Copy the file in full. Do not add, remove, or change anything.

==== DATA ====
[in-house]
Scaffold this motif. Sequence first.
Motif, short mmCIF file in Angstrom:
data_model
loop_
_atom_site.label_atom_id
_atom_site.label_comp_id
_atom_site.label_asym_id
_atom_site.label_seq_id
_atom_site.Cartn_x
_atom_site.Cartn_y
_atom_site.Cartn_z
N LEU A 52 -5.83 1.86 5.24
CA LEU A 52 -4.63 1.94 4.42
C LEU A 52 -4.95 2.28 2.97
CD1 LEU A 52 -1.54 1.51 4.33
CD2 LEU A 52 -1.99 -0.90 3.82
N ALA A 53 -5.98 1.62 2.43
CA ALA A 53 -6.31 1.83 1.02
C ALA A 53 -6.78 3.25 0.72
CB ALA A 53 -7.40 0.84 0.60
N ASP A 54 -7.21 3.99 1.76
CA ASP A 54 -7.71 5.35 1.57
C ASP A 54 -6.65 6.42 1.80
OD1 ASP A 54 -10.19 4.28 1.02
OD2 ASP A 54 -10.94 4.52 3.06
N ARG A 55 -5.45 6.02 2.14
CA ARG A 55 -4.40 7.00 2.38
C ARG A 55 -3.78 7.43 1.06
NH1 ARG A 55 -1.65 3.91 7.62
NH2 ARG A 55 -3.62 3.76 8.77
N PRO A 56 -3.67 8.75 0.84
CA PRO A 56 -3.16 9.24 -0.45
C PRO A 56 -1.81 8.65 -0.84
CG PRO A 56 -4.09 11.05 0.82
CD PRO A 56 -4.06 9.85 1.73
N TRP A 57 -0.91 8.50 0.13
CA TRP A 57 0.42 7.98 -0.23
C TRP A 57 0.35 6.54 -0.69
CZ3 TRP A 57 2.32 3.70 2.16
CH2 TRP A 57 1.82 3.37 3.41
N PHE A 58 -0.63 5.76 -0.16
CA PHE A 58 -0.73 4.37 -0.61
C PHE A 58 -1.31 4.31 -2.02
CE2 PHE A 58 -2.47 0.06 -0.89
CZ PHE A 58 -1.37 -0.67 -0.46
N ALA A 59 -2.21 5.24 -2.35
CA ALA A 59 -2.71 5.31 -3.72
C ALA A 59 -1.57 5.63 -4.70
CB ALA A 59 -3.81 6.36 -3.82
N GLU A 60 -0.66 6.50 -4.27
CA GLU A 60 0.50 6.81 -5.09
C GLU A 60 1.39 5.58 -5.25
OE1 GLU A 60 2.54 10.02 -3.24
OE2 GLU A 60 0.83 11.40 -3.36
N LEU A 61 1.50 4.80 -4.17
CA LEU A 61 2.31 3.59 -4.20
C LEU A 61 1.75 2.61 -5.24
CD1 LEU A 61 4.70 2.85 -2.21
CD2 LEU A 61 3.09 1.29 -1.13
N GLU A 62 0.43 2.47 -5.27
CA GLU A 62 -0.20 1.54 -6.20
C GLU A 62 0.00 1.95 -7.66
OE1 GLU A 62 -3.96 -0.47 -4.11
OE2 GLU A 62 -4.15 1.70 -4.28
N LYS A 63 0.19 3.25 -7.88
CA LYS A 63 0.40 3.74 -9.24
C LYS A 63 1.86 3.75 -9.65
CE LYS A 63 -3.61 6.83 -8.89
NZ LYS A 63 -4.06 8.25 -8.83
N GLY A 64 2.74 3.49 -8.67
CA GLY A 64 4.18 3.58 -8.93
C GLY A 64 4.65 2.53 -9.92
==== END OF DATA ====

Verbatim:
[in-house]
Scaffold this motif. Sequence first.
Motif, short mmCIF file in Angstrom:
data_model
loop_
_atom_site.label_atom_id
_atom_site.label_comp_id
_atom_site.label_asym_id
_atom_site.label_seq_id
_atom_site.Cartn_x
_atom_site.Cartn_y
_atom_site.Cartn_z
N LEU A 52 -5.83 1.86 5.24
CA LEU A 52 -4.63 1.94 4.42
C LEU A 52 -4.95 2.28 2.97
CD1 LEU A 52 -1.54 1.51 4.33
CD2 LEU A 52 -1.99 -0.90 3.82
N ALA A 53 -5.98 1.62 2.43
CA ALA A 53 -6.31 1.83 1.02
C ALA A 53 -6.78 3.25 0.72
CB ALA A 53 -7.40 0.84 0.60
N ASP A 54 -7.21 3.99 1.76
CA ASP A 54 -7.71 5.35 1.57
C ASP A 54 -6.65 6.42 1.80
OD1 ASP A 54 -10.19 4.28 1.02
OD2 ASP A 54 -10.94 4.52 3.06
N ARG A 55 -5.45 6.02 2.14
CA ARG A 55 -4.40 7.00 2.38
C ARG A 55 -3.78 7.43 1.06
NH1 ARG A 55 -1.65 3.91 7.62
NH2 ARG A 55 -3.62 3.76 8.77
N PRO A 56 -3.67 8.75 0.84
CA PRO A 56 -3.16 9.24 -0.45
C PRO A 56 -1.81 8.65 -0.84
CG PRO A 56 -4.09 11.05 0.82
CD PRO A 56 -4.06 9.85 1.73
N TRP A 57 -0.91 8.50 0.13
CA TRP A 57 0.42 7.98 -0.23
C TRP A 57 0.35 6.54 -0.69
CZ3 TRP A 57 2.32 3.70 2.16
CH2 TRP A 57 1.82 3.37 3.41
N PHE A 58 -0.63 5.76 -0.16
CA PHE A 58 -0.73 4.37 -0.61
C PHE A 58 -1.31 4.31 -2.02
CE2 PHE A 58 -2.47 0.06 -0.89
CZ PHE A 58 -1.37 -0.67 -0.46
N ALA A 59 -2.21 5.24 -2.35
CA ALA A 59 -2.71 5.31 -3.72
C ALA A 59 -1.57 5.63 -4.70
CB ALA A 59 -3.81 6.36 -3.82
N GLU A 60 -0.66 6.50 -4.27
CA GLU A 60 0.50 6.81 -5.09
C GLU A 60 1.39 5.58 -5.25
OE1 GLU A 60 2.54 10.02 -3.24
OE2 GLU A 60 0.83 11.40 -3.36
N LEU A 61 1.50 4.80 -4.17
CA LEU A 61 2.31 3.59 -4.20
C LEU A 61 1.75 2.61 -5.24
CD1 LEU A 61 4.70 2.85 -2.21
CD2 LEU A 61 3.09 1.29 -1.13
N GLU A 62 0.43 2.47 -5.27
CA GLU A 62 -0.20 1.54 -6.20
C GLU A 62 0.00 1.95 -7.66
OE1 GLU A 62 -3.96 -0.47 -4.11
OE2 GLU A 62 -4.15 1.70 -4.28
N LYS A 63 0.19 3.25 -7.88
CA LYS A 63 0.40 3.74 -9.24
C LYS A 63 1.86 3.75 -9.65
CE LYS A 63 -3.61 6.83 -8.89
NZ LYS A 63 -4.06 8.25 -8.83
N GLY A 64 2.74 3.49 -8.67
CA GLY A 64 4.18 3.58 -8.93
C GLY A 64 4.65 2.53 -9.92